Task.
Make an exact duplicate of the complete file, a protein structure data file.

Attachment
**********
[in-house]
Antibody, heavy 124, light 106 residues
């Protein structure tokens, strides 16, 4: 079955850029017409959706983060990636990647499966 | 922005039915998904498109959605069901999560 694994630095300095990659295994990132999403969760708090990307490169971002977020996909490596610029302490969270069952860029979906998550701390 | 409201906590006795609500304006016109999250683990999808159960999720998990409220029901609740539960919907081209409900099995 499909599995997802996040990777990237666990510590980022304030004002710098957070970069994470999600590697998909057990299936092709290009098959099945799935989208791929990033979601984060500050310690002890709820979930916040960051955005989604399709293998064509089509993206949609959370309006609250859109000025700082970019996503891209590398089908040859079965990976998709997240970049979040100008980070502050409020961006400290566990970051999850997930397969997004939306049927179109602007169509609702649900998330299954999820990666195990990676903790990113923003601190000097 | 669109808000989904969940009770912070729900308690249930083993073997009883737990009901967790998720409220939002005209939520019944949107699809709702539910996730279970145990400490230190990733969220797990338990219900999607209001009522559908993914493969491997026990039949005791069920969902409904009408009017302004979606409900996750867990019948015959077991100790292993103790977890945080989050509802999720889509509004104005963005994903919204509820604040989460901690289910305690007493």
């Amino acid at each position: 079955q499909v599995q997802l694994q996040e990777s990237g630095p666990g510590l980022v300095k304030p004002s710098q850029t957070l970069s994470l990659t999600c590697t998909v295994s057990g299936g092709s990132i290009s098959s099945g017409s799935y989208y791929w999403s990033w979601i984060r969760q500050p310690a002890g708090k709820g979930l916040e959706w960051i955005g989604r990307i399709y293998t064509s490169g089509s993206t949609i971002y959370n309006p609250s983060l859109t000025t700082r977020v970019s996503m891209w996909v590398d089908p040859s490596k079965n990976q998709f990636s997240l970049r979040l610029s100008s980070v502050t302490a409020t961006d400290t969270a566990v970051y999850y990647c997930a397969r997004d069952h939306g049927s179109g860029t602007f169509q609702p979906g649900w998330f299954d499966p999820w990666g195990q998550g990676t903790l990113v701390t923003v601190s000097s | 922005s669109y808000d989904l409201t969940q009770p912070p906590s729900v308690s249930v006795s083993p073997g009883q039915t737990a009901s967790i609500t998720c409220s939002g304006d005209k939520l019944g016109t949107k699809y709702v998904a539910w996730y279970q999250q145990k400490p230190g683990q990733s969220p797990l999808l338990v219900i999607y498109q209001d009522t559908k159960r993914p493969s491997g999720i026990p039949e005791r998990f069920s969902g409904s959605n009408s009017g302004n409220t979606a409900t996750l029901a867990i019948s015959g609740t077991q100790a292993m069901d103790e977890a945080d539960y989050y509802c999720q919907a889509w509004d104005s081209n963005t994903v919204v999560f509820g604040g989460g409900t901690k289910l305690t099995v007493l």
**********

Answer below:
[in-house]
Antibody, heavy 124, light 106 residues
């Protein structure tokens, strides 16, 4: 079955850029017409959706983060990636990647499966 | 922005039915998904498109959605069901999560 694994630095300095990659295994990132999403969760708090990307490169971002977020996909490596610029302490969270069952860029979906998550701390 | 409201906590006795609500304006016109999250683990999808159960999720998990409220029901609740539960919907081209409900099995 499909599995997802996040990777990237666990510590980022304030004002710098957070970069994470999600590697998909057990299936092709290009098959099945799935989208791929990033979601984060500050310690002890709820979930916040960051955005989604399709293998064509089509993206949609959370309006609250859109000025700082970019996503891209590398089908040859079965990976998709997240970049979040100008980070502050409020961006400290566990970051999850997930397969997004939306049927179109602007169509609702649900998330299954999820990666195990990676903790990113923003601190000097 | 669109808000989904969940009770912070729900308690249930083993073997009883737990009901967790998720409220939002005209939520019944949107699809709702539910996730279970145990400490230190990733969220797990338990219900999607209001009522559908993914493969491997026990039949005791069920969902409904009408009017302004979606409900996750867990019948015959077991100790292993103790977890945080989050509802999720889509509004104005963005994903919204509820604040989460901690289910305690007493």
């Amino acid at each position: 079955q499909v599995q997802l694994q996040e990777s990237g630095p666990g510590l980022v300095k304030p004002s710098q850029t957070l970069s994470l990659t999600c590697t998909v295994s057990g299936g092709s990132i290009s098959s099945g017409s799935y989208y791929w999403s990033w979601i984060r969760q500050p310690a002890g708090k709820g979930l916040e959706w960051i955005g989604r990307i399709y293998t064509s490169g089509s993206t949609i971002y959370n309006p609250s983060l859109t000025t700082r977020v970019s996503m891209w996909v590398d089908p040859s490596k079965n990976q998709f990636s997240l970049r979040l610029s100008s980070v502050t302490a409020t961006d400290t969270a566990v970051y999850y990647c997930a397969r997004d069952h939306g049927s179109g860029t602007f169509q609702p979906g649900w998330f299954d499966p999820w990666g195990q998550g990676t903790l990113v701390t923003v601190s000097s | 922005s669109y808000d989904l409201t969940q009770p912070p906590s729900v308690s249930v006795s083993p073997g009883q039915t737990a009901s967790i609500t998720c409220s939002g304006d005209k939520l019944g016109t949107k699809y709702v998904a539910w996730y279970q999250q145990k400490p230190g683990q990733s969220p797990l999808l338990v219900i999607y498109q209001d009522t559908k159960r993914p493969s491997g999720i026990p039949e005791r998990f069920s969902g409904s959605n009408s009017g302004n409220t979606a409900t996750l029901a867990i019948s015959g609740t077991q100790a292993m069901d103790e977890a945080d539960y989050y509802c999720q919907a889509w509004d104005s081209n963005t994903v919204v999560f509820g604040g989460g409900t901690k289910l305690t099995v007493l």